Ed On The Issues

As Ed travels around Virginia and hears from voters, we’ll continue to add more questions and answers in the space below.

Q. WHAT ABOUT JOBS AND THE ECONOMY?

A. By moving us away from our Constitutional principles of limited government and personal liberty, President Obama, Harry Reid and Mark Warner have enacted policies that have killed jobs, reduced take-home pay, and increased health care and energy costs. We can do better.

Conservative, pro-growth policies promoting lower taxes, less government spending, and ending excessive regulation create jobs, raise take-home pay, and reduce health care and energy costs by unleashing private investment and allowing working Americans rather than political appointees in Washington to make decisions about the best way to allocate their resources. Americans want and deserve intelligent policies to promote job creation, expand opportunities for recent high school and college graduates, and make career advancement a reality again for the many Virginians who have found themselves trapped in a weak economy.

The Obama-Reid-Warner economic policies are not only destroying jobs; they are undermining the American work ethic. There is not just economic value in labor, there is human dignity in work. We must enable more people to have that dignity. If elected I will promote a pro-growth economic agenda to create good-paying jobs for families, foster upward mobility, help those currently employed to keep more of what they earn, and enable people to lift themselves out of poverty.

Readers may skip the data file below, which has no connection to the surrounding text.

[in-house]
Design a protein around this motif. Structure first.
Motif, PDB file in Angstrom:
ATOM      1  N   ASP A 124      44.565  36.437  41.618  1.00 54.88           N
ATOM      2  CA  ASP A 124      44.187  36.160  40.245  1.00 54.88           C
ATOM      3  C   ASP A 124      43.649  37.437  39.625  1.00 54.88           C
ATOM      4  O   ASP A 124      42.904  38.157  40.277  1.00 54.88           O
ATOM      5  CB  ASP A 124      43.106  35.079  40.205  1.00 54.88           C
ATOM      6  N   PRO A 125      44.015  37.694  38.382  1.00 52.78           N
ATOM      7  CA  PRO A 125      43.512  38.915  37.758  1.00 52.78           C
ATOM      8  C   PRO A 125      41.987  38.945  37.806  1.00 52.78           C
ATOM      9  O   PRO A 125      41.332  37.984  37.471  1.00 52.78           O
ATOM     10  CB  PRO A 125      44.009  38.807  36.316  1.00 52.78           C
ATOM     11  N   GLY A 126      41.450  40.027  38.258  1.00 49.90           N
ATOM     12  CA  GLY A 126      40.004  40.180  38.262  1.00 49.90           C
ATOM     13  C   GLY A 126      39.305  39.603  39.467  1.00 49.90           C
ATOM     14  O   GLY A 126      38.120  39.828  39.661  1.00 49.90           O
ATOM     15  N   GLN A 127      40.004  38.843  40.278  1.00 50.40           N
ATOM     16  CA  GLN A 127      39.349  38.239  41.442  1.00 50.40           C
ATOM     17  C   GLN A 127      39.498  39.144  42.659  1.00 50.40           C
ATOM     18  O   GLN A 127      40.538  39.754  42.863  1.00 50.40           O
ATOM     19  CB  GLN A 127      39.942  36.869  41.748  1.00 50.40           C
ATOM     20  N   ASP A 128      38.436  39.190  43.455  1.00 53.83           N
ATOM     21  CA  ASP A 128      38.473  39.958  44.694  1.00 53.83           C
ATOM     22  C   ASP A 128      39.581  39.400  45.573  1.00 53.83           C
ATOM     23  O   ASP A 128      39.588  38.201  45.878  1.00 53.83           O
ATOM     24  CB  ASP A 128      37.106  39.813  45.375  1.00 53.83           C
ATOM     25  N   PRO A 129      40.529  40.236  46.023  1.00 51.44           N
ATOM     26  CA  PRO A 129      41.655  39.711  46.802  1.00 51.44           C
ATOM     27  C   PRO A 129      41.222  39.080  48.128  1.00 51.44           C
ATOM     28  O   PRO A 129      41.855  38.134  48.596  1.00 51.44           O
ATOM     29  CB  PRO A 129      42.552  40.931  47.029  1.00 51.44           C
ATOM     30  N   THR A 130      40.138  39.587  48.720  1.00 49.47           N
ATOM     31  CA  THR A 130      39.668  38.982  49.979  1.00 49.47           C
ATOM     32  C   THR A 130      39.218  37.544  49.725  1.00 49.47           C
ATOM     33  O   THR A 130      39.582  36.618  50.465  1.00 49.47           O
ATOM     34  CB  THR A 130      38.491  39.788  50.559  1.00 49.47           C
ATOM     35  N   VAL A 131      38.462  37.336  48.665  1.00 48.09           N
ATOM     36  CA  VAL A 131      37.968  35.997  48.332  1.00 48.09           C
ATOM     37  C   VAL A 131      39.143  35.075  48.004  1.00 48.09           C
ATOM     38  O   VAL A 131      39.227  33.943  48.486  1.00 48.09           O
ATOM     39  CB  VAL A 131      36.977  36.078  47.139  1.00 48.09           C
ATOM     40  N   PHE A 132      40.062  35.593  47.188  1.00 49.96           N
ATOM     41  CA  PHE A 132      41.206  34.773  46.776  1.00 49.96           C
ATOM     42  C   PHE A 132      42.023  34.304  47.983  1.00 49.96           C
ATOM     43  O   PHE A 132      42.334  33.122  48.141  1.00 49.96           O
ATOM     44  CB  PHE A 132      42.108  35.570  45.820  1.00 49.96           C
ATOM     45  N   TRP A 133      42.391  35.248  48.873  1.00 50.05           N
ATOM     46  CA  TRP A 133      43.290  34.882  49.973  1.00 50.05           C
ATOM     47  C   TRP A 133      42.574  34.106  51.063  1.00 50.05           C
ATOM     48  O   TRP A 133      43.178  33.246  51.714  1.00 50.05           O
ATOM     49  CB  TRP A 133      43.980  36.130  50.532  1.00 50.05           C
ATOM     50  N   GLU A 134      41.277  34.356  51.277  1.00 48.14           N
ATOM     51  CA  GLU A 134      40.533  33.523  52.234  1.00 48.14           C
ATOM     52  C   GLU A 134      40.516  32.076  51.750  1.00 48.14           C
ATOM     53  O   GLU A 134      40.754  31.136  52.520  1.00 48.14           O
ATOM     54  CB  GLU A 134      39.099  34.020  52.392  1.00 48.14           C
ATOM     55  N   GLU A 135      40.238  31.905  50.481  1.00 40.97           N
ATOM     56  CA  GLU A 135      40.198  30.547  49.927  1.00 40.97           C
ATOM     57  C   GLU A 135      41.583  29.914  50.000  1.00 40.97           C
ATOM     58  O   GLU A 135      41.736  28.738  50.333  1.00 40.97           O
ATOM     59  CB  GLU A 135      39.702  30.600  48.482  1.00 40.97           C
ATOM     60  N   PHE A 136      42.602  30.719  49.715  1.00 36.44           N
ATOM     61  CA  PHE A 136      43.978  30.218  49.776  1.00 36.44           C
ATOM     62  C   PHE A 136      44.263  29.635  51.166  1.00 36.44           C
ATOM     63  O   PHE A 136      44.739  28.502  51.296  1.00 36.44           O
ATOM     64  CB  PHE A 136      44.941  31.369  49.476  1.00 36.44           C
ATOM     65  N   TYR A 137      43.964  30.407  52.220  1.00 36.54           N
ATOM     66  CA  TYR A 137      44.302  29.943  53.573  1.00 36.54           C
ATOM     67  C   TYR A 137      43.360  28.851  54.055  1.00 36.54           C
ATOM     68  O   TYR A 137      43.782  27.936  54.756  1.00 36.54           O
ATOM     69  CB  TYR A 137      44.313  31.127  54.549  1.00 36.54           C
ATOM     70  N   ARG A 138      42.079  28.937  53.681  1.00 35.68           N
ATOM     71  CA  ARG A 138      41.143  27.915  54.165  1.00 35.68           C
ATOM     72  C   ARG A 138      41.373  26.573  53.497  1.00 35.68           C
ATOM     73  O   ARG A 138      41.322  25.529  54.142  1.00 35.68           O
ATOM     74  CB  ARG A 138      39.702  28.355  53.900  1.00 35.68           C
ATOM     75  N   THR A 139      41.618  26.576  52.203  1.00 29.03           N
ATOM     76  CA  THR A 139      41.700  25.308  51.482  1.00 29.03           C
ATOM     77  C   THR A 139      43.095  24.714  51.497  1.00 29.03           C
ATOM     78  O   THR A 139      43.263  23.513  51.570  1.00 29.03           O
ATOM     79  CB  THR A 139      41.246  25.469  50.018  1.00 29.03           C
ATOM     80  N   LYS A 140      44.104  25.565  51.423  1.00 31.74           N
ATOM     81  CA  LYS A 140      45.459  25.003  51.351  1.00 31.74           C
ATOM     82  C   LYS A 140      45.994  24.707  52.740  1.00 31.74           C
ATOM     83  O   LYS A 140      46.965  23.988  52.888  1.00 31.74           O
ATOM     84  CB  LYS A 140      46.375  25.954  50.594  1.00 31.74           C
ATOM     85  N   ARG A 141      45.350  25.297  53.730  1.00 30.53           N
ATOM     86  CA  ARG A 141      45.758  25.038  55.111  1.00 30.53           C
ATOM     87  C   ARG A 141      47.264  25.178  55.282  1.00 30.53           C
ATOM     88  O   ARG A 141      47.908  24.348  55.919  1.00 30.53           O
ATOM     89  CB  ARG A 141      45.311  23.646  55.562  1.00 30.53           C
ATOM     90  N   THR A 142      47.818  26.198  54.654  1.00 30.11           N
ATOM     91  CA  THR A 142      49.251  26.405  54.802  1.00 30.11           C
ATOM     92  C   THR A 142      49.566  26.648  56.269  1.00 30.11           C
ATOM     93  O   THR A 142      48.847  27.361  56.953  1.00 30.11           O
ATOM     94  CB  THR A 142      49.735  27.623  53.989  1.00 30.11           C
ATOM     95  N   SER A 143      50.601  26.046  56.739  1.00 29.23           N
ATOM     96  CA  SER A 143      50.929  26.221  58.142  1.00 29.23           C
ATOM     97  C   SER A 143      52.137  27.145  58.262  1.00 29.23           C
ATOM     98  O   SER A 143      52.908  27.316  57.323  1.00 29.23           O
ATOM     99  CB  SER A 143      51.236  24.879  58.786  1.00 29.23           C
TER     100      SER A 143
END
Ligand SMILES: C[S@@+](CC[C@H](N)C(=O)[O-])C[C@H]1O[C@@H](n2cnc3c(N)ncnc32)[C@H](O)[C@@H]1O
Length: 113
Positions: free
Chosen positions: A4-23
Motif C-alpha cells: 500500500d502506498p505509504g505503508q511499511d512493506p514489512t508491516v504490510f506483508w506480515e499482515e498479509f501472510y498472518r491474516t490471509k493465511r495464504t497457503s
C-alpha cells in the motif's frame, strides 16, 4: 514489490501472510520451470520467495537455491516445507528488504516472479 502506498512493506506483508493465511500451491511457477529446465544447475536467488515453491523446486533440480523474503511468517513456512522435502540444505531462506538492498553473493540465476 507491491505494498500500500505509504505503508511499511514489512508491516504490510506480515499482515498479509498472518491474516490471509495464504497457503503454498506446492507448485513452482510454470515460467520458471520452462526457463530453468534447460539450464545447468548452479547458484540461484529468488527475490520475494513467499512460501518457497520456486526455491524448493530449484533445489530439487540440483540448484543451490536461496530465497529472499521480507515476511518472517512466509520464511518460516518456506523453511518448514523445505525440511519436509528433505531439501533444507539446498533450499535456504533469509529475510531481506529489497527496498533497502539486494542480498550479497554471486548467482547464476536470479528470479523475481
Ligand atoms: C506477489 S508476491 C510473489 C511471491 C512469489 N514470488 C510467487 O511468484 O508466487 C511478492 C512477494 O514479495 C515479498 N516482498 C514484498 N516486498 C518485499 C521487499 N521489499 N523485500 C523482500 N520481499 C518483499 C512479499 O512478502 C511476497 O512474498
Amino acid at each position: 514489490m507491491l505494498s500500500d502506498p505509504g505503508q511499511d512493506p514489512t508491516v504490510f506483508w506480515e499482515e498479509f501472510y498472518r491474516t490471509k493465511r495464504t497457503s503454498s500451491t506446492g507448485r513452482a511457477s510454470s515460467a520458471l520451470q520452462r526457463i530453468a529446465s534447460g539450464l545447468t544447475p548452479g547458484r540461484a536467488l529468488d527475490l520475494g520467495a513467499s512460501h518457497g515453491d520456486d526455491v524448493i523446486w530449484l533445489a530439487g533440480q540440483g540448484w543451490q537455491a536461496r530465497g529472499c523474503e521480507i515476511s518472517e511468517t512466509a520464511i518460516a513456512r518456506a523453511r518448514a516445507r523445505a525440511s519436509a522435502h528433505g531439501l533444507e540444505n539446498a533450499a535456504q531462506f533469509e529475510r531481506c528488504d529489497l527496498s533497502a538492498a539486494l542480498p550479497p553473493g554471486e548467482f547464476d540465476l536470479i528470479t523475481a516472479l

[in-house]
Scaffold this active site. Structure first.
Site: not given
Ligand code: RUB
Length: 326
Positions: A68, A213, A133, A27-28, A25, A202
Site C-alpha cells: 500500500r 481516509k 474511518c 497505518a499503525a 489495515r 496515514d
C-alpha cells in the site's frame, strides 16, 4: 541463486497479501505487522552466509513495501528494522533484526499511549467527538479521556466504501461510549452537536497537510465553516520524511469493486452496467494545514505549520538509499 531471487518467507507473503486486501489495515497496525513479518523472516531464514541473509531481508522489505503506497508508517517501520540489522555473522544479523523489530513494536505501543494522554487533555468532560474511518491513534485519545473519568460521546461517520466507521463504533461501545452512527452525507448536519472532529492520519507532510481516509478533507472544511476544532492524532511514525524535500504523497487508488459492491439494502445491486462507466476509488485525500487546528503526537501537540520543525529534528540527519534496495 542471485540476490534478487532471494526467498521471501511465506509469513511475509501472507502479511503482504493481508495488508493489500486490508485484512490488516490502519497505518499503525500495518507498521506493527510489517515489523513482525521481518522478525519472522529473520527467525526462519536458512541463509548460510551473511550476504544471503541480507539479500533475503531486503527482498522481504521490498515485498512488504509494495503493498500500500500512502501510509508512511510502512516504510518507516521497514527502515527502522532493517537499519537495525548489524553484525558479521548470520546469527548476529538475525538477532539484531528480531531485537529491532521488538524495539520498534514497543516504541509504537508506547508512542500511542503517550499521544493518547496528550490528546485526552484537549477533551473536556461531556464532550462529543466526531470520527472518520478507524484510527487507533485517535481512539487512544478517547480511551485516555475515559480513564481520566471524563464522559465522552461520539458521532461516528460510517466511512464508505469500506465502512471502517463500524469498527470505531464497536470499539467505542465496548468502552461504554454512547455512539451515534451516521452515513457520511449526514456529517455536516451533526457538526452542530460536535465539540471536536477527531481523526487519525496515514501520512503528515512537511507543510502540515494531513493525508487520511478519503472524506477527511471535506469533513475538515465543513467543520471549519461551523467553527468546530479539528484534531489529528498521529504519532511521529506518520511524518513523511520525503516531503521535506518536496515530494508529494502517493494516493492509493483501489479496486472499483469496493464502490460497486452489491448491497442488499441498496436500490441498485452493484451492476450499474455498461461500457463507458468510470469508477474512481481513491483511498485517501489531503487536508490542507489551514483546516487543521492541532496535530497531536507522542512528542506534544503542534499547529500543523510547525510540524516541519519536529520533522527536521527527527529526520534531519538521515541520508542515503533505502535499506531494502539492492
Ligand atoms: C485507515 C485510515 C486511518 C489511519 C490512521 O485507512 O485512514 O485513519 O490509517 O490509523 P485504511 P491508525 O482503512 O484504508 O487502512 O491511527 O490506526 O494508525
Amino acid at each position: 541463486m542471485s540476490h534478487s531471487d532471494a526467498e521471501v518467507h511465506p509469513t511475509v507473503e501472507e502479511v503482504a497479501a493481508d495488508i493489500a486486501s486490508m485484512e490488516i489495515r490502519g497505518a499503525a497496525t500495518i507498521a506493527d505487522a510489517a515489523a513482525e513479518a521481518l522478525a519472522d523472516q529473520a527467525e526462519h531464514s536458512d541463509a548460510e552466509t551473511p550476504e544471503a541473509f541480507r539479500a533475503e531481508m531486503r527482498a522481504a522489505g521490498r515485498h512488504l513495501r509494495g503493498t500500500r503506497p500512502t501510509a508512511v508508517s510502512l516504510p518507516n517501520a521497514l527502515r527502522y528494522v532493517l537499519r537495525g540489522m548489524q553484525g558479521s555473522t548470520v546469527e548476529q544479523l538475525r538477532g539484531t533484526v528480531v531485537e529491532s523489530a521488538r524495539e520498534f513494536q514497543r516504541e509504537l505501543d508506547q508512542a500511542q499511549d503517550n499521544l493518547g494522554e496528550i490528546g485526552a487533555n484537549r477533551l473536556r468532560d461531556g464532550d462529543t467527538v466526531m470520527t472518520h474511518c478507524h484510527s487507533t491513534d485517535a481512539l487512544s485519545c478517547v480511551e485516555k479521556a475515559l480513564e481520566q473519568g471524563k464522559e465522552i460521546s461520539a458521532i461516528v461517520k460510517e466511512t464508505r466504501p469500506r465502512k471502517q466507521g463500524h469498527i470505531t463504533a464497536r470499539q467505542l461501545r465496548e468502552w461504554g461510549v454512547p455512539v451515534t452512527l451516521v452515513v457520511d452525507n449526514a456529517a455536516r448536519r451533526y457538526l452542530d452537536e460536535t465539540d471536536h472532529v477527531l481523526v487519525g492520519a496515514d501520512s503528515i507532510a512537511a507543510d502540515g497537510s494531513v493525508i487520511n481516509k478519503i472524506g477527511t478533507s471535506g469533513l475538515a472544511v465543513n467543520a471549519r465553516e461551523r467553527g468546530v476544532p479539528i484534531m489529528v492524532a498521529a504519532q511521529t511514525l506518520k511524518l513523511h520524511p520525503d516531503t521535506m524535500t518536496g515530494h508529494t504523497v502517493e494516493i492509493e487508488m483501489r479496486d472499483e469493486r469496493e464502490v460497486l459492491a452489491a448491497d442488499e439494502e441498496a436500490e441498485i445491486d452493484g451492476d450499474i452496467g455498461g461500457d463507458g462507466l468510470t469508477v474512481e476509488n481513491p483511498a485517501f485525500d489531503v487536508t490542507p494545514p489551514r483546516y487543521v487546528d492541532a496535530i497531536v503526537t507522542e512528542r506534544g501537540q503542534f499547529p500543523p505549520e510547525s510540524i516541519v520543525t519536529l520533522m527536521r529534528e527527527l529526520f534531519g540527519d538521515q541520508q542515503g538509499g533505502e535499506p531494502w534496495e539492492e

Too many Virginians are living paycheck-to-paycheck—if they’re fortunate enough to have a paycheck. The U.S. labor force participation rate is at its lowest level in more than three decades, hovering somewhere around 63%. The Congressional Budget Office reported in February that the Affordable Care Act (Obamacare) will mean millions fewer in the fulltime workforce. More people will be working only part-time and we will see the equivalent of 2.3 million fewer jobs over the next decade (nearly 64,000 in Virginia alone).

According to the Bureau of Labor Statistics, 92 million people are out of the labor force entirely, and 7 million Americans are working two or more jobs to make ends meet. That’s wrong, and policymakers must make a top priority of solving this problem, which I would do as our senator.

Q. WHAT ARE YOUR PRIORITIES WHEN IT COMES TO EDUCATION?

K-12